Skirmish came about almost entirely from Luz. She had been tasked to design a game as part of a class she was taking at Mills and she had a cool idea I was interested in so we played it into existence. Luz wanted to make a more fast paced version of a game she loved and we pared down the multitude of weapons into three categories and then attacked how armor would work. Once we had a bare bones idea of how gameplay would work we went out on coffee/sushi/dinner dates where we would play a round of Skirmish and take notes. I got a hold of a fishing tackle box and built a container for our figures, Dice, and markers. It was pretty fun to work out the dynamics of gameplay in a relaxed atmosphere while fielding questions from waitstaff and sushi chef’s.
We ended up doing a bunch of workshopping on how the dice were used in damage, hand to hand combat, and grenades. The grenades stick out in my mind because we wanted them to be deadly even to a fully armored opponent, but we wanted to limit their availability in the field. All this talk about death and destruction ended up bumming us both out a bit. We wanted to be making a fun strategy game and our focus on how to do the killing was leading us to question if what we were doing was “good”.
After sleeping on it I realized I wanted to know why the sides were fighting. We had talked about the assumption that our figures were scouts of their respective armies, and I came up with mechanics for finding the other army as the priority. Having the larger goal of finding the opposing army fundamentally changed the way the game is played. Instead of focusing on destroying the other players’ figures, it becomes a strategy game about gaining information.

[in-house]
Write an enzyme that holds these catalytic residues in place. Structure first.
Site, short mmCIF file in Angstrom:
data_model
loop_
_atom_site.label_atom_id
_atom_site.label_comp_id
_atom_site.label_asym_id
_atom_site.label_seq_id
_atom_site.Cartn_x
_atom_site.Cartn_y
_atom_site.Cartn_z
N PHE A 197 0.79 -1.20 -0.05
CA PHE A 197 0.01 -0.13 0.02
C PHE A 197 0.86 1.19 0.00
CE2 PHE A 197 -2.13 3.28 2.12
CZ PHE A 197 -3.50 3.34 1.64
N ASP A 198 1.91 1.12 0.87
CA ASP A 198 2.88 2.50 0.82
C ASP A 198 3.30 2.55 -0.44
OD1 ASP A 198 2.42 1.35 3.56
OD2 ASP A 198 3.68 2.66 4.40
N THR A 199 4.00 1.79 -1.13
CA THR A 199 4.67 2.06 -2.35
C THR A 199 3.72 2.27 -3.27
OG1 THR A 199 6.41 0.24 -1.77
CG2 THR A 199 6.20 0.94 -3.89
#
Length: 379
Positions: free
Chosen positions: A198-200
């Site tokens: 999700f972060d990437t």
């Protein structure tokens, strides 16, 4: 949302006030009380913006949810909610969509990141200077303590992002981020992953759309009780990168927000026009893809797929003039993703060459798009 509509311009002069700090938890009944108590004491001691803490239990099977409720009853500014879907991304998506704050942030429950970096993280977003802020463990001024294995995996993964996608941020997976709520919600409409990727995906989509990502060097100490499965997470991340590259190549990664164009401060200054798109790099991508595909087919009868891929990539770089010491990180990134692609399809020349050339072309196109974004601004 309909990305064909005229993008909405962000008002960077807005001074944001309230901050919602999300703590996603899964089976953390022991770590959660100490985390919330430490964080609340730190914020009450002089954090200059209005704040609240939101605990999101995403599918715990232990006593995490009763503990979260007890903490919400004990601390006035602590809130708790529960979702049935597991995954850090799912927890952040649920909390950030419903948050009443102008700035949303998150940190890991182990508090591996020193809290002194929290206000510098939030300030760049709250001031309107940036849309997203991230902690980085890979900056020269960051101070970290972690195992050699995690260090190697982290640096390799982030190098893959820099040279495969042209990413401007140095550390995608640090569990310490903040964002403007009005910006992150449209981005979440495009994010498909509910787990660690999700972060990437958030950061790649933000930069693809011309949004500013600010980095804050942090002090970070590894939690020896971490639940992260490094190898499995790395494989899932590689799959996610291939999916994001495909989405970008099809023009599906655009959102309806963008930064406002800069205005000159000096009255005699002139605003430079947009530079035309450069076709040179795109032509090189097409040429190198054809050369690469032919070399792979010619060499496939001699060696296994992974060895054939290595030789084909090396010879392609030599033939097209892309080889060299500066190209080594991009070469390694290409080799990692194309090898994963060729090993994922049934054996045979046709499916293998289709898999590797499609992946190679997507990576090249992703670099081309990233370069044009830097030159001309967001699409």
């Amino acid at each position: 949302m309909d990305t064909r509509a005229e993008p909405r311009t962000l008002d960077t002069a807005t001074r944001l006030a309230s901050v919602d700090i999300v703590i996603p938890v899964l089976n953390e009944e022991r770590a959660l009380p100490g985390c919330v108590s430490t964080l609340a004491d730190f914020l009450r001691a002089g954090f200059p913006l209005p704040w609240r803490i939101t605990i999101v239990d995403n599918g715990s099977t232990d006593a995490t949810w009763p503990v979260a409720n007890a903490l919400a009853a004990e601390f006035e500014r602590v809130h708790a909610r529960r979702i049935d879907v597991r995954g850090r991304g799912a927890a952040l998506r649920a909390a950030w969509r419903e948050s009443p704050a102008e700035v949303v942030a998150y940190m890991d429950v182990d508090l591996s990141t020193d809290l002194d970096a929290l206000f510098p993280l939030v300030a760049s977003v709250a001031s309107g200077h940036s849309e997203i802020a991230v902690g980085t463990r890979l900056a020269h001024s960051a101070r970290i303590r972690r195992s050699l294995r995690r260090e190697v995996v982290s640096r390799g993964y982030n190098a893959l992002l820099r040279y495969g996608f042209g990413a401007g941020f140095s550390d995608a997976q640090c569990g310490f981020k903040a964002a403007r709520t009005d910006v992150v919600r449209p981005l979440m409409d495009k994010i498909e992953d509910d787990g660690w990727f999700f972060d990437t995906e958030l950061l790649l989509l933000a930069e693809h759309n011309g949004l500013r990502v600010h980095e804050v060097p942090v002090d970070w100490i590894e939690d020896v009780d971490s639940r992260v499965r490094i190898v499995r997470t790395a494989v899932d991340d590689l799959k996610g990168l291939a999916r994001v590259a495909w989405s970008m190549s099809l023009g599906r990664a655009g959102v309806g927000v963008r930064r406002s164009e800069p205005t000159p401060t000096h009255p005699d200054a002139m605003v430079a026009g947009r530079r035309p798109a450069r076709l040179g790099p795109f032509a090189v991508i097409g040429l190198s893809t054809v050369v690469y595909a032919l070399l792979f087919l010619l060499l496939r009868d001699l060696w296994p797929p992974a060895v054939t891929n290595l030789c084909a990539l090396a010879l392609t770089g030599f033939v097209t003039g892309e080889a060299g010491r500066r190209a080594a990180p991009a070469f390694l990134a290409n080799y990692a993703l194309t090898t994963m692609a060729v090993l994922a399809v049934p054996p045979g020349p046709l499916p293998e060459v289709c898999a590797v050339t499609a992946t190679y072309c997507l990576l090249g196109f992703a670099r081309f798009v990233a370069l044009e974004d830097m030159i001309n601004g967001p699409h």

The first time playing with these rules we saw an immediate difference in the game. That larger goal pulled our teams apart in a way that increased the stakes for each of our figures. Instead of focusing on fields of fire, we had to think about moving across the board. It turns out that three figures willing to sacrifice themselves allow one figure to dash across the board, see the opposing army, and radio back to his teammate. When I decimated Luz’s team, and lost the game; I knew we had a winner.
I like to play a version where instead of thinking of the figures as chess pieces, I make a short note about each of them as I write down their names. Chet here thinks he’s invincible, Norman is grenade happy, John likes to shoot first and ask questions later, Bill is just back from an injury and is playing it safe, Tom is the newbie in the group and wants to prove himself. These little notes push me to role play the characters a bit and provide some direction during the countdown as each round progresses. I won’t pretend it’s a better strategy than sitting back and controlling their disbursement on the playing field, but I find it more fun, and isn’t that what playing games is all about?